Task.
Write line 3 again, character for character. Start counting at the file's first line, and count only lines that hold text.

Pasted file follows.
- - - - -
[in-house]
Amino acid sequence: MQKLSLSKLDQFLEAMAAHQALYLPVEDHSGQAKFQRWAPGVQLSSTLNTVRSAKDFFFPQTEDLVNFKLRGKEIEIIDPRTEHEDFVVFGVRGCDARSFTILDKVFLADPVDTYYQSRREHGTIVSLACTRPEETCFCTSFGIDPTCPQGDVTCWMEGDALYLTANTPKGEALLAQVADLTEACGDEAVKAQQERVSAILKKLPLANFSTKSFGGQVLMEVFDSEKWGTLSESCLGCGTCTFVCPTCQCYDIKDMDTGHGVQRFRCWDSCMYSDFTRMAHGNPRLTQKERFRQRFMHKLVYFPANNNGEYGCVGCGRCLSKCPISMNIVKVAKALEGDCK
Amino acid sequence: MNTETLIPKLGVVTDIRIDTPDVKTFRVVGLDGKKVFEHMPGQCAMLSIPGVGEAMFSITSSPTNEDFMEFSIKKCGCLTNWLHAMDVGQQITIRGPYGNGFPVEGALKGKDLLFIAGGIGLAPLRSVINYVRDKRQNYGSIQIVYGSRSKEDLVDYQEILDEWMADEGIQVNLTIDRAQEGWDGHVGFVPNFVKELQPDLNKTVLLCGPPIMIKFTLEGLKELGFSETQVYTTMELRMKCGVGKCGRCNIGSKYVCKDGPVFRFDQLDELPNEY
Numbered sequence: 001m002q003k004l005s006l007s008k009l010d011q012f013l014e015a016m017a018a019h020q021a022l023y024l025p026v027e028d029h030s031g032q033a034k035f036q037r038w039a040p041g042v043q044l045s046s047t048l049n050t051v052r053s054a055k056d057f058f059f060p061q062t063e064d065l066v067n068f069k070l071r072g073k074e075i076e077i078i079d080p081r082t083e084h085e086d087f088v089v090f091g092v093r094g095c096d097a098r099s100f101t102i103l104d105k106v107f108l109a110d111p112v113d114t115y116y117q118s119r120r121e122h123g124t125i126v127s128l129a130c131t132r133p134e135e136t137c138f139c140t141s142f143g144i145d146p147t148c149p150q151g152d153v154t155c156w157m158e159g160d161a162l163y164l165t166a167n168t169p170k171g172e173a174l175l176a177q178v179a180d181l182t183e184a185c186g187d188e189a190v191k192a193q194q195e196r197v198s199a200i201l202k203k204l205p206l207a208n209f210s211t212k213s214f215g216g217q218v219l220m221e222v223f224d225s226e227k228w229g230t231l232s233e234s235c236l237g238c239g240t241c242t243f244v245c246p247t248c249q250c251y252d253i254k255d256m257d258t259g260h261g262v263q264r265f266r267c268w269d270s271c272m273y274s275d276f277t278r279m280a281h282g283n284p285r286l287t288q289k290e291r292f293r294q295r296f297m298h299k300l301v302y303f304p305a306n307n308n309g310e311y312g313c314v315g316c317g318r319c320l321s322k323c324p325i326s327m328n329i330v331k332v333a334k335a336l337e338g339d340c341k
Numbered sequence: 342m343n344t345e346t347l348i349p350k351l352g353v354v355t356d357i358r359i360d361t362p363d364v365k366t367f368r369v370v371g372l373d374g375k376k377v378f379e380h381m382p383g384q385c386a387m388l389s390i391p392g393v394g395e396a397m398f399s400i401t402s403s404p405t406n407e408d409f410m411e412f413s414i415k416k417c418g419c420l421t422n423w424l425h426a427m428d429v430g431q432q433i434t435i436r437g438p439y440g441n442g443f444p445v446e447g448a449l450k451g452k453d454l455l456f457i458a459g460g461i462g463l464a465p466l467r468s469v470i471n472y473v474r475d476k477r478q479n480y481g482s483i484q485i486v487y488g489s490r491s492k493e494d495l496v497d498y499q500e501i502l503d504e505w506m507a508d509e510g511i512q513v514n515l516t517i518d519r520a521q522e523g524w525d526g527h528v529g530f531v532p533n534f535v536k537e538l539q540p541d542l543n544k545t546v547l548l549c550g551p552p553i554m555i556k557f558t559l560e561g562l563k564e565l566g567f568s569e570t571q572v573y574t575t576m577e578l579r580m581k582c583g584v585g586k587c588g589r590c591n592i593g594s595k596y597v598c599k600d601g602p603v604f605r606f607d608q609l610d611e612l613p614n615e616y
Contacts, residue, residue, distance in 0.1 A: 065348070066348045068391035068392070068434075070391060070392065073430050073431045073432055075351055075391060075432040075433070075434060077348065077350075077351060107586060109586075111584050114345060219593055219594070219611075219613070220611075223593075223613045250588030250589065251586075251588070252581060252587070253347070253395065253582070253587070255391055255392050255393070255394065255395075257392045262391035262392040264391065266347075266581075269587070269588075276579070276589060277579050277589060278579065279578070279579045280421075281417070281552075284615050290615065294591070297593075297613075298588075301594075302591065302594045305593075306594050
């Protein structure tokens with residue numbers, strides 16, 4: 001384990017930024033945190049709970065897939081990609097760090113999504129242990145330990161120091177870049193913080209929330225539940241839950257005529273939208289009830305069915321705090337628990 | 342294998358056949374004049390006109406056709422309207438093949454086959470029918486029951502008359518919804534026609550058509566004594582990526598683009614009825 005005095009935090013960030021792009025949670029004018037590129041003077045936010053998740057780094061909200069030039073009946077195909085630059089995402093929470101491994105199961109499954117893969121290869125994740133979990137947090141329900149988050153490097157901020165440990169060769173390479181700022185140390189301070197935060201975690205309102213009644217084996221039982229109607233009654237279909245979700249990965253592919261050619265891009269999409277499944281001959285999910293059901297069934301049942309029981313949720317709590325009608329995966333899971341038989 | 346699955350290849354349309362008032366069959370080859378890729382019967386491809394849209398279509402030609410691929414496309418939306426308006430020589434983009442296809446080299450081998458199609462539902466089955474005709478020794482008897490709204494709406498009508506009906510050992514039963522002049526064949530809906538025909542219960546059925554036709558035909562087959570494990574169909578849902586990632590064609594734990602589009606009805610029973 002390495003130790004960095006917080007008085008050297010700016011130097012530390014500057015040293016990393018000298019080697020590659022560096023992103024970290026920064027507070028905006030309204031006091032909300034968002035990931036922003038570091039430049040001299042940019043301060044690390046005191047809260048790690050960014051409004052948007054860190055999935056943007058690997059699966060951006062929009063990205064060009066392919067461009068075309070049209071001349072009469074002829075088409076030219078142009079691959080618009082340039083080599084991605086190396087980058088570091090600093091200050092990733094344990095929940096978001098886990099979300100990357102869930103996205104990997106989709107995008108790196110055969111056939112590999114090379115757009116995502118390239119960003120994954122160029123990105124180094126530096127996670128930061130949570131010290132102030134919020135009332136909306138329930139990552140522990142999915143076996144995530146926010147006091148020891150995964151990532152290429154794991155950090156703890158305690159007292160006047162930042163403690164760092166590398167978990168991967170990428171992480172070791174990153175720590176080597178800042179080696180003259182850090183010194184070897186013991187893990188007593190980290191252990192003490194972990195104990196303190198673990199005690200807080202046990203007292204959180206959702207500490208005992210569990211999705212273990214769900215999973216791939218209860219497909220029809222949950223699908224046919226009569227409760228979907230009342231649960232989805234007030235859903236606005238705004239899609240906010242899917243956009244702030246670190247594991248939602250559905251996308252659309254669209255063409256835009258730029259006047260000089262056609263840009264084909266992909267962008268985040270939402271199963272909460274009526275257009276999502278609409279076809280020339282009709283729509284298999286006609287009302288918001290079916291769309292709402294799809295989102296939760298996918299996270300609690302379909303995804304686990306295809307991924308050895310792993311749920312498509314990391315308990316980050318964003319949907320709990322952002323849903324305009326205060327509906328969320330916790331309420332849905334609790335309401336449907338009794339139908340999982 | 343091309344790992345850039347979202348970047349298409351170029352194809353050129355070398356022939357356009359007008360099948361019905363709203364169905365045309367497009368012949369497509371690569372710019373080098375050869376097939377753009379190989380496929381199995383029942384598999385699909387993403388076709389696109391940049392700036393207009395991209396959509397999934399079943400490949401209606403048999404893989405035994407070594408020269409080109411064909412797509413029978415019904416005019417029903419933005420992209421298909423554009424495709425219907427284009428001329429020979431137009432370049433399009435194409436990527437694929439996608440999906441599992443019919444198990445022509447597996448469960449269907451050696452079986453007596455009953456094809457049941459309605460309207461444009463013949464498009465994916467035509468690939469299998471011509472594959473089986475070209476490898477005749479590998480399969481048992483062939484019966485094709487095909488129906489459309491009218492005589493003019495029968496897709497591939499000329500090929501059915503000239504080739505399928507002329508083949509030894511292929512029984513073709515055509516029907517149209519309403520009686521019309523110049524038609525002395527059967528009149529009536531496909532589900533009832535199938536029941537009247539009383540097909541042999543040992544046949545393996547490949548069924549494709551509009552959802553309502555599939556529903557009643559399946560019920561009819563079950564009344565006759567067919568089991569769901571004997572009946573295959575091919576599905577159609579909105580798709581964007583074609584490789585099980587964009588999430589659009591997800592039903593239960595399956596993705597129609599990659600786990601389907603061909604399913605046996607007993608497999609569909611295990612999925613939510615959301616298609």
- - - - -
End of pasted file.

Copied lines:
Amino acid sequence: MNTETLIPKLGVVTDIRIDTPDVKTFRVVGLDGKKVFEHMPGQCAMLSIPGVGEAMFSITSSPTNEDFMEFSIKKCGCLTNWLHAMDVGQQITIRGPYGNGFPVEGALKGKDLLFIAGGIGLAPLRSVINYVRDKRQNYGSIQIVYGSRSKEDLVDYQEILDEWMADEGIQVNLTIDRAQEGWDGHVGFVPNFVKELQPDLNKTVLLCGPPIMIKFTLEGLKELGFSETQVYTTMELRMKCGVGKCGRCNIGSKYVCKDGPVFRFDQLDELPNEY